Gilgit-Baltistan: Is India losing the plot?

Pakistan continues with its old tricks for Kashmir is in its jugular veins.

It’s an old story, yet India seems to be losing the plot. This country seems to be unable to match Chinese guile. Despite the fact that China is facing flak from Australia, the United States and the European Union on this issue, India somehow seems very sure of China’s goodwill in Kashmir. One only wonders why. All have woken up except India, which is acting as a benign Buddha. Can’t India see the daylight robbery of its territory by the China-Pakistan combine in J&K? The plot has thickened so much that it appears to have become an “irreversible forced occupation”. From post-Independence “accession of princely state (J&K) to India”, to “India-Pakistan hostile bilateral”, to the present “multilateral” owing to the joint Sino-Pakistani illegal occupation of Indian territory, the map of J&K certainly isn’t what India depicts it to be.

Pakistan continues with its old tricks for Kashmir is in its jugular veins. The intermittent Indian reaction, in its own traditional style, is quite predictable too — deep slumber followed by a sudden realisation to raise its voice, reiterating its stand and then lodging a strong diplomatic protest, which more often than not is ineffective. Why? Mainly because India’s own past actions, or lack of it, turned its internal affair (J&K) into an Indo-Pakistani bilateral issue, and later deeply entrenched a third party, China. The best or worst part in this bewildering multilateral game is the classic Chinese “deception diplomacy” — “We don’t know what happened”; “Has it really happened?” or “Even if it has happened, don’t worry, we are not in the picture”. There is no change in Beijing’s policy relating to “Kashmir” — which is a bilateral affair between India and Pakistan”. Mark Chinese diplomat Hua Chunying’s reference to the word “bilateral” and pose the counter-query: “If you know that it is a bilateral issue, why are you there? Why this fake innocence, camouflaged under the Sino-Pakistan alliance, to capture Indian soil on the sly?”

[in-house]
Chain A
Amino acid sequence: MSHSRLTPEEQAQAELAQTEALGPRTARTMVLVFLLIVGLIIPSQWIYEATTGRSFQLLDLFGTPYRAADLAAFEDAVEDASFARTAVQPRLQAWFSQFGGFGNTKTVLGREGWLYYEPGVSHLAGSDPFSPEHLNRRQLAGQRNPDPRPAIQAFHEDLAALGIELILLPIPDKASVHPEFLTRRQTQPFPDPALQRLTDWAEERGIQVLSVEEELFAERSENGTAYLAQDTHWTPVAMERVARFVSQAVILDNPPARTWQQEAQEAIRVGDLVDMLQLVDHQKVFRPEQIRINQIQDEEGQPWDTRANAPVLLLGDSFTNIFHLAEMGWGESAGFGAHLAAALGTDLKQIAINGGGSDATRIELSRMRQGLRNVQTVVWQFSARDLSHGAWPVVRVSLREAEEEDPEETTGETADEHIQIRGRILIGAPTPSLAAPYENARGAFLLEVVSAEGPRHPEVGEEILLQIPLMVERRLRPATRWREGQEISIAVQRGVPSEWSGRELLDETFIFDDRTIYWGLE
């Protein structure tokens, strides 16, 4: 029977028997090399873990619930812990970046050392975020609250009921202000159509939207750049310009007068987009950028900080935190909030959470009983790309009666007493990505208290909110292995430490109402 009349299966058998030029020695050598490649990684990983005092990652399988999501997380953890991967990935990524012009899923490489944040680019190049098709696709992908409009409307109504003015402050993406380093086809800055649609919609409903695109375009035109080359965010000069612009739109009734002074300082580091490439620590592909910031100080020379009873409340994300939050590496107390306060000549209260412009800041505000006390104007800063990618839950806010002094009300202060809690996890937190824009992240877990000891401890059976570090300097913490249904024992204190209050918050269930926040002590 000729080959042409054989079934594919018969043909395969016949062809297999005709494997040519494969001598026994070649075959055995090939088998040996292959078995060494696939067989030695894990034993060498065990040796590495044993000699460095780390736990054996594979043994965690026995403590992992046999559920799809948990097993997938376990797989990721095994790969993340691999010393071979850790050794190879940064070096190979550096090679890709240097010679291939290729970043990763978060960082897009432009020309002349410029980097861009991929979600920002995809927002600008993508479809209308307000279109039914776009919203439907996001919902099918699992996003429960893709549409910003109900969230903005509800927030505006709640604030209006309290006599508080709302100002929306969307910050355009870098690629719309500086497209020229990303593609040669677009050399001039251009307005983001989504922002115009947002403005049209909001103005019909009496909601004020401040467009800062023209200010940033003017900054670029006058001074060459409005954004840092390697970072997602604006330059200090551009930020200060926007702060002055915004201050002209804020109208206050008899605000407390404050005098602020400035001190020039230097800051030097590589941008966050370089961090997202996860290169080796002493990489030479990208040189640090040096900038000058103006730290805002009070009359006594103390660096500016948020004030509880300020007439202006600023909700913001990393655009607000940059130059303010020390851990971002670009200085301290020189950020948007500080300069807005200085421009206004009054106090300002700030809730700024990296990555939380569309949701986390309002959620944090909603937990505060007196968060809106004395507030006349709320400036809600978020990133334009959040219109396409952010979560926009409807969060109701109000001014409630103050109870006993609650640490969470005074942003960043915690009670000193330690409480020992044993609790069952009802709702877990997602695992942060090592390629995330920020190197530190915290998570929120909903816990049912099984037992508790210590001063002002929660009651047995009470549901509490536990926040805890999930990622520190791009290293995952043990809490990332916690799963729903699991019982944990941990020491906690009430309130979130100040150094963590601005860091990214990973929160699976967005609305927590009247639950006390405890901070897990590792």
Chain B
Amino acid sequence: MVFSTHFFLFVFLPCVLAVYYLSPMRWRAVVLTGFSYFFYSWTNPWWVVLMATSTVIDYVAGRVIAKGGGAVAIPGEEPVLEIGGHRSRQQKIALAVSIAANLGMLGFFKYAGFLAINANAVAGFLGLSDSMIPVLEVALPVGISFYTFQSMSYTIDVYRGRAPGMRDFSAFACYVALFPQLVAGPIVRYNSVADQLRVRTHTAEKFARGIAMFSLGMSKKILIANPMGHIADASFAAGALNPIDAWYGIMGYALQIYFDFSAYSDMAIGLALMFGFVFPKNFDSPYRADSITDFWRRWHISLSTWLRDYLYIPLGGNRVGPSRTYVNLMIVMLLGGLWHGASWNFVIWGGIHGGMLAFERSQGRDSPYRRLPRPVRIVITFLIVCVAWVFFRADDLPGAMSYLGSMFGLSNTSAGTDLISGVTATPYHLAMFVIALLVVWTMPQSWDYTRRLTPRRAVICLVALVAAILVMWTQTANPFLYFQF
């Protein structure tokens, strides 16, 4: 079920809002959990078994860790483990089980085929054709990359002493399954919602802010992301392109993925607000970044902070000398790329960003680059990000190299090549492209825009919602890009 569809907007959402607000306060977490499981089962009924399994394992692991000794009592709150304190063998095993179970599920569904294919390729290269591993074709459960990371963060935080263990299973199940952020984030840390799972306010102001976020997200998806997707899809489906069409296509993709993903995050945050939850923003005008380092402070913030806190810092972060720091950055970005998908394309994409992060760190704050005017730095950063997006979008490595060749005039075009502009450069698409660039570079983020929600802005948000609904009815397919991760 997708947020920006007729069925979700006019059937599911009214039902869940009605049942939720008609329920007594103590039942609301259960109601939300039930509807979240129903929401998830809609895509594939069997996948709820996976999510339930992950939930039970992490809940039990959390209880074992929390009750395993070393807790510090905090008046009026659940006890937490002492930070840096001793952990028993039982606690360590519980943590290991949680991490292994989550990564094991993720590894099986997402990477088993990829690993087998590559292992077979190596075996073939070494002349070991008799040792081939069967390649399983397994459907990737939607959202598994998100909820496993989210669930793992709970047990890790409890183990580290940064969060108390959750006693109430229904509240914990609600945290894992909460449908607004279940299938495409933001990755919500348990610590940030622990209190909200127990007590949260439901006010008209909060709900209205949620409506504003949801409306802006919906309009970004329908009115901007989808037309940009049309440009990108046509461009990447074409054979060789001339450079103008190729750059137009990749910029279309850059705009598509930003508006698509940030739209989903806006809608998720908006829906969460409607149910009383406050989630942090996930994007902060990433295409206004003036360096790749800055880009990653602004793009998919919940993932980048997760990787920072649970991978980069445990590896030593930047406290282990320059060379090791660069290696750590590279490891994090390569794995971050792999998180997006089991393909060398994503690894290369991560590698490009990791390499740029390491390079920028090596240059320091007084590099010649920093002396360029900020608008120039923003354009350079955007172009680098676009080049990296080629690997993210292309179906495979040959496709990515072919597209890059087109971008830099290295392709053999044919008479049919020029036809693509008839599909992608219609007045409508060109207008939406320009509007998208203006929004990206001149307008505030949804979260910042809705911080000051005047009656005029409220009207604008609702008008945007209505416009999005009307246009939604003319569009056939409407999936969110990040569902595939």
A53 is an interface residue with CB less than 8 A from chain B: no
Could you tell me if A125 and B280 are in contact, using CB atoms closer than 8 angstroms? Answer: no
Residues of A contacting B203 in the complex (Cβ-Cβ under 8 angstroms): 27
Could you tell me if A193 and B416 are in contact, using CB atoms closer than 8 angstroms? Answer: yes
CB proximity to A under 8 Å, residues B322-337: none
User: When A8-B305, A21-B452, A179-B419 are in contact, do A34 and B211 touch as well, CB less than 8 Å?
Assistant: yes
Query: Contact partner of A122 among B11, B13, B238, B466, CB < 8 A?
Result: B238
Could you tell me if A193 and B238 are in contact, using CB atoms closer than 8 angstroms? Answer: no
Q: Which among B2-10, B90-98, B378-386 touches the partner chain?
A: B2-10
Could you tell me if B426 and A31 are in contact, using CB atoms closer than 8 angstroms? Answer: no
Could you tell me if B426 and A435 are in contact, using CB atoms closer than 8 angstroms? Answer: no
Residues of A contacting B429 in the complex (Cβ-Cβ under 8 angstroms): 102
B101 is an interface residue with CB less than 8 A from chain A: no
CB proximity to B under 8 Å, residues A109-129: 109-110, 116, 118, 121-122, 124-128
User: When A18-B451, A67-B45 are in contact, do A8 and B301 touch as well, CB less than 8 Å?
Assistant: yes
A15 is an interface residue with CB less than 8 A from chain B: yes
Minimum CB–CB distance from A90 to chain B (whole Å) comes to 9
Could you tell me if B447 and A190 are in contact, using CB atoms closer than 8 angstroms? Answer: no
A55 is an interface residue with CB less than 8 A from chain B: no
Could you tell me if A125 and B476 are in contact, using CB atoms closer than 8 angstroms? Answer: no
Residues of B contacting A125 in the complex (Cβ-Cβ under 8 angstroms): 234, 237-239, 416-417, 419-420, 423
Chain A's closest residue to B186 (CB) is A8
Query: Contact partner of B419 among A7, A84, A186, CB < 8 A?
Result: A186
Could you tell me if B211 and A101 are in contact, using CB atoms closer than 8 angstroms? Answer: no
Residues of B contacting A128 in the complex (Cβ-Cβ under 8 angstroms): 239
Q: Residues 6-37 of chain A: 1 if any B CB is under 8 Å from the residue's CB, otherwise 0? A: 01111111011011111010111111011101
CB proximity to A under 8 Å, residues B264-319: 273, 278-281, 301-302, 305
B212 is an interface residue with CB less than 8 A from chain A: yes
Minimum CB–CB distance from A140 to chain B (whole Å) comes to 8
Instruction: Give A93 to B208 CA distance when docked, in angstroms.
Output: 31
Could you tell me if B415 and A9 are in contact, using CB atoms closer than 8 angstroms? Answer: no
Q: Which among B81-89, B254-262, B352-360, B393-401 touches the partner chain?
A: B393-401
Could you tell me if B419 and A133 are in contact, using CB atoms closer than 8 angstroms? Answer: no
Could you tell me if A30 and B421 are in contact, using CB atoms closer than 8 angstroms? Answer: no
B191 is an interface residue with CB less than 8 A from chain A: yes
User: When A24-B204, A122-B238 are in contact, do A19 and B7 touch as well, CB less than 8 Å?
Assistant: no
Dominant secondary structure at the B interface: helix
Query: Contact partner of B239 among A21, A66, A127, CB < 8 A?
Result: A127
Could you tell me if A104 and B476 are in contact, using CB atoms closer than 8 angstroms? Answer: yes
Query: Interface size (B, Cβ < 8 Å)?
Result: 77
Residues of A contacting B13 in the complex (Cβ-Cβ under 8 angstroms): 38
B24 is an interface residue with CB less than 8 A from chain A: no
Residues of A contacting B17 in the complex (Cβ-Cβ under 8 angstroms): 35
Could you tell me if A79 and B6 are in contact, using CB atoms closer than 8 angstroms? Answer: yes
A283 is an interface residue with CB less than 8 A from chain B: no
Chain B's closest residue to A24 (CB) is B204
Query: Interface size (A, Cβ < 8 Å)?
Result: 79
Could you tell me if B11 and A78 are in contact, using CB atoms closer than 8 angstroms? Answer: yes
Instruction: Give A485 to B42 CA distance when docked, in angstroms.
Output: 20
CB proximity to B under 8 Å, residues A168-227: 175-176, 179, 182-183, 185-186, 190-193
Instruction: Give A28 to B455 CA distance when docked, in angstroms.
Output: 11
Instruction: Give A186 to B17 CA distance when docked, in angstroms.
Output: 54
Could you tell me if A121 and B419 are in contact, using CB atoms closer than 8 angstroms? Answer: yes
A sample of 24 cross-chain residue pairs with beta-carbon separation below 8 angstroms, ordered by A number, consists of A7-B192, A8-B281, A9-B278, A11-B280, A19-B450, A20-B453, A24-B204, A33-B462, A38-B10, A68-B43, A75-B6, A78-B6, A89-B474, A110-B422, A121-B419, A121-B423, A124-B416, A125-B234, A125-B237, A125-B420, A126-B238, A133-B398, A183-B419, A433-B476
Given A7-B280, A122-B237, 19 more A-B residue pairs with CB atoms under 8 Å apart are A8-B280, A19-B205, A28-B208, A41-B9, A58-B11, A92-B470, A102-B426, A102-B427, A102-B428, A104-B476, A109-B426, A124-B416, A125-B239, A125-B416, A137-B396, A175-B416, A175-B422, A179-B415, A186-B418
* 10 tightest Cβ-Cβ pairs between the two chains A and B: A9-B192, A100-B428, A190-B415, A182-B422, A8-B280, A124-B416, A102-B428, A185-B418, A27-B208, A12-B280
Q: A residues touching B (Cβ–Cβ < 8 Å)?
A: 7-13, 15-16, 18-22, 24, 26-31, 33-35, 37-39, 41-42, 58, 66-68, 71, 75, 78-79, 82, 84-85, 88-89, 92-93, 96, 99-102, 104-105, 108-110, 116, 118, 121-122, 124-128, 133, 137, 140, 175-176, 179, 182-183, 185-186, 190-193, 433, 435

At a press briefing on May 29 (after Pakistan, through its May 21 Gilgit-Baltistan Order 2018, merged it with its fifth province Khyber-Pakhtunkhwa), Ms Hua says: “Kashmir is a historical baggage between India and Pakistan and, therefore, shall be resolved between the two sides through dialogue and consultation.” Indeed! Why then is China now a third party in this publicly-stated “historical baggage” between India and Pakistan? Doesn’t it now become an “overloaded illegal multi-lateral baggage”? In reality, Ms Hua’s statement clearly exposes the long-term design of China’s forced occupation of foreign territory, specially around Beijing’s “make-belief world border/order/disorder!” China is deliberately doing something extraordinarily wrong in its neighbourhood! If this isn’t a diabolical act, what is? Is it an act of multilateral coexistence for health and harmony? Indian diplomats should have repeatedly harangued and harped on this point to make China quit, or at least play lie low in an area that under no stretch of imagination belongs to China!